At the beginning of the novel, young Ian Dunross assumes the mantle of Tai-Pan of the Noble House of Struan during a dark and stormy night and a dark and stormy period for the Noble House. The company's holdings are stretched to the limit, and that very night it loses a shipment of valuable contraband at sea. Dunross, heir to the title of Tai-Pan, or supreme leader, is also the kindred spirit to the company's founder, Dirk Struan, the legendary pirate, smuggler, and founder of the Noble House and Hong Kong. Dunross has also inherited the enduring hatred of the family's historical enemies, the Brocks, now personified in Quillan Gornt, head of the Second House. Gornt, a worthy adversary, has his own designs to topple Struan's and take over as the Noble House.
But so does everybody else in the novel, it seems, unless the characters are interested in international espionage involving the Soviet Union, Communist China, the United States, or good old England. Triple agents, royalty, thieves, kidnappers, murderers, gangsters, and businessmen rub shoulders in this tempest in the teapot of Hong Kong.
The key variables in this play are two Americans on a business trip, who hold the key to finiancial success in Hong Kong. Linc Bartlett is CEO, and his right-hand man is the beautiful woman, K.C. Tcholok. The Americans' ignorance of Hong Kong customs reflects the reader's, and injects a considerable amount of humor into the novel.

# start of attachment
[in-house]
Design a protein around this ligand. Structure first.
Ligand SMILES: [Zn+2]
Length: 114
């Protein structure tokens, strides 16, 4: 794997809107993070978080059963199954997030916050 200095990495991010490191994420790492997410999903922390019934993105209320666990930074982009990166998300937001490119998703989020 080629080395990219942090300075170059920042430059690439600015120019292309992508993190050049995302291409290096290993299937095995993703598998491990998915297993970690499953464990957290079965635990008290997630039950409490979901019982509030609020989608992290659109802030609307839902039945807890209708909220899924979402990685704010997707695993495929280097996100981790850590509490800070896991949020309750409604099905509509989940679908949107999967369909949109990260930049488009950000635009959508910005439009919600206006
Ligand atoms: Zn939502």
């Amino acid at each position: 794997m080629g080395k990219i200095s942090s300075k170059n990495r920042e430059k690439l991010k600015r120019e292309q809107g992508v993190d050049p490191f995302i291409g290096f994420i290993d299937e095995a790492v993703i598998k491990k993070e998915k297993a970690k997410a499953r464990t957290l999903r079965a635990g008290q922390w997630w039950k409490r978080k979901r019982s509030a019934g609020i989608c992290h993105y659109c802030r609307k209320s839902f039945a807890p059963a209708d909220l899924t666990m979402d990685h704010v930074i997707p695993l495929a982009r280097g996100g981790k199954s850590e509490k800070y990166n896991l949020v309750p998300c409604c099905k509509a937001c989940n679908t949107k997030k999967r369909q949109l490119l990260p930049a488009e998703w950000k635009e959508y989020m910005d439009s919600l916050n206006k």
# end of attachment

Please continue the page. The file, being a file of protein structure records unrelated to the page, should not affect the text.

But, as with Clavell's first novel (Tai-Pan), the center of attention remains the tai-pan. Ian Dunross is the personification of what is good in the British Empire, even though he is as ruthless as they come. He guides the Noble House through a minefield without a map, using his business acumen, guts, and joss to see him through. A climactic ending to an epic story of love, business, and war is immensely satisfying, and leaves you begging for more (just like Tai-Pan, Shogun, and King Rat did before). A must-read!